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Was Colonel Sanders Actually a Colonel?

Was Colonel Sanders Actually a Colonel?

Matt Blitz April 21, 2014 3

Rachel M. asks: Was Colonel Sanders really a Colonel? Kentucky Colonel is the highest honor that can be bestowed by the Commonwealth of Kentucky. (Incidentally, if you’re curious: Why Colonel is Pronounced “Kernel”) To

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The Curious Case of Mary Hamilton

The Curious Case of Mary Hamilton

Melissa April 14, 2014 1

In 1746 in Taunton, Somerset, England, Mary Hamilton was imprisoned and whipped for impersonating a man and marrying possibly as many as 14 women (not all at once). Few records of these events have

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The Unmasking of Moriarty

The Unmasking of Moriarty

Melissa March 25, 2014 0

Jill T. asks: My dad told me Professor Moriarty in Sherlock Holmes was based on a real person. Is this true and if so, who? Genius and philosopher, with a “brain of the first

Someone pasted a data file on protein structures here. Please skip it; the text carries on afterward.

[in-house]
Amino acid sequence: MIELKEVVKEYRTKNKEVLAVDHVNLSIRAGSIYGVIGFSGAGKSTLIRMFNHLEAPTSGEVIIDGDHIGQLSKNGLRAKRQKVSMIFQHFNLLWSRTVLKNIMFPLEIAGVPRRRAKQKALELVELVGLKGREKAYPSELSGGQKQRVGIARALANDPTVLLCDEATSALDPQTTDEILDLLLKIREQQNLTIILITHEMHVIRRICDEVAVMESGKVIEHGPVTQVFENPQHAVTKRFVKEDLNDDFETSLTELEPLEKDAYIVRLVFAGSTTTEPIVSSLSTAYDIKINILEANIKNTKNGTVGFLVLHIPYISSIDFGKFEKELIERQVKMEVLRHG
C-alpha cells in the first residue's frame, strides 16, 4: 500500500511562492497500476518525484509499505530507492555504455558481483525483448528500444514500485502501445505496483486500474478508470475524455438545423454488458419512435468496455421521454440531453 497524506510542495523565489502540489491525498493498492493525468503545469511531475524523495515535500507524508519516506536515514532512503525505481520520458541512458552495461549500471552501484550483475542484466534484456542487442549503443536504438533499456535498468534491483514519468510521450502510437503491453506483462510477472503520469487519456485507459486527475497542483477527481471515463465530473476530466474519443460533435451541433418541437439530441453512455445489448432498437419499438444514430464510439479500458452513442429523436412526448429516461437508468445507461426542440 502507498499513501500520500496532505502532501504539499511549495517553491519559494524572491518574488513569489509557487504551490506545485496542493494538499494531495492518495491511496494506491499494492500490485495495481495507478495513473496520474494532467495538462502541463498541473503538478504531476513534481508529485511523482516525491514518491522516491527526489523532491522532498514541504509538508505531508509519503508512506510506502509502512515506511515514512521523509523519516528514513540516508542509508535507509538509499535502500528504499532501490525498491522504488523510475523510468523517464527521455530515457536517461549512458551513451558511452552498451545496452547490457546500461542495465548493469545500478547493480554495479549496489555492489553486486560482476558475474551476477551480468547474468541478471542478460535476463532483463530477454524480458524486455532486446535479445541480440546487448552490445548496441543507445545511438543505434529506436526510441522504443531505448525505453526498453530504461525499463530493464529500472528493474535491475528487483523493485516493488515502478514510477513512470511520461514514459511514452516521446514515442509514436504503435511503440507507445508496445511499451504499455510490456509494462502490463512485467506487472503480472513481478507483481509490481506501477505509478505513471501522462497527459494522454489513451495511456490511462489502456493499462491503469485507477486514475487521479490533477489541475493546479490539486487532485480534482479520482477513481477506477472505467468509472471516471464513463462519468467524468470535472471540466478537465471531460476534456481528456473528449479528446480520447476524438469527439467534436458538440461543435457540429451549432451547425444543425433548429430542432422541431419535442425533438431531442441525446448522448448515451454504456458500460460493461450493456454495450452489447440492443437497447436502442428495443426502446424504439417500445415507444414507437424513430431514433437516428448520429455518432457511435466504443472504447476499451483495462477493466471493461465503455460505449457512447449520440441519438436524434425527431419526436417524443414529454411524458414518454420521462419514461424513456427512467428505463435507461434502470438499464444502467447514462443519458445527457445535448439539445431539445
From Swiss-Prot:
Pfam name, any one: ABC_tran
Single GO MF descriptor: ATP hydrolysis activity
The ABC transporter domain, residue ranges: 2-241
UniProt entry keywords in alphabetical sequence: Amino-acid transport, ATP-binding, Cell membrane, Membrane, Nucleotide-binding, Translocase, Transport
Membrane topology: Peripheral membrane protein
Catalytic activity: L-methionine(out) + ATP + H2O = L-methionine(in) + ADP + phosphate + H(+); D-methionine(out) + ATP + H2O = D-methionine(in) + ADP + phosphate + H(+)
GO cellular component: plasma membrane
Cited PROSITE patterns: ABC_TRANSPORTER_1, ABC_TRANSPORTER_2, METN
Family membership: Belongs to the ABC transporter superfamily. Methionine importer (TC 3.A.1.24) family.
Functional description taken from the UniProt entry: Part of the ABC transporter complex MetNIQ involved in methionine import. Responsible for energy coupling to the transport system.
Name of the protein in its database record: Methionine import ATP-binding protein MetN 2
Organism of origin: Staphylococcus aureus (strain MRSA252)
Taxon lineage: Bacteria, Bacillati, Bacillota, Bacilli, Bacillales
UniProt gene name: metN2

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The Man Who Parkinson’s Disease is Named After Was Implicated in a Plot to Assassinate King George III

The Man Who Parkinson’s Disease is Named After Was Implicated in a Plot to Assassinate King George III

Emily Upton March 19, 2014 0

Today I Found Out they named Parkinson’s disease after a man who was involved in an assassination attempt on King George III. Parkinson’s disease is a movement disorder characterized by tremors or shaking, with

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Whatever Happened to Ambrose Bierce?

Whatever Happened to Ambrose Bierce?

Melissa March 19, 2014 1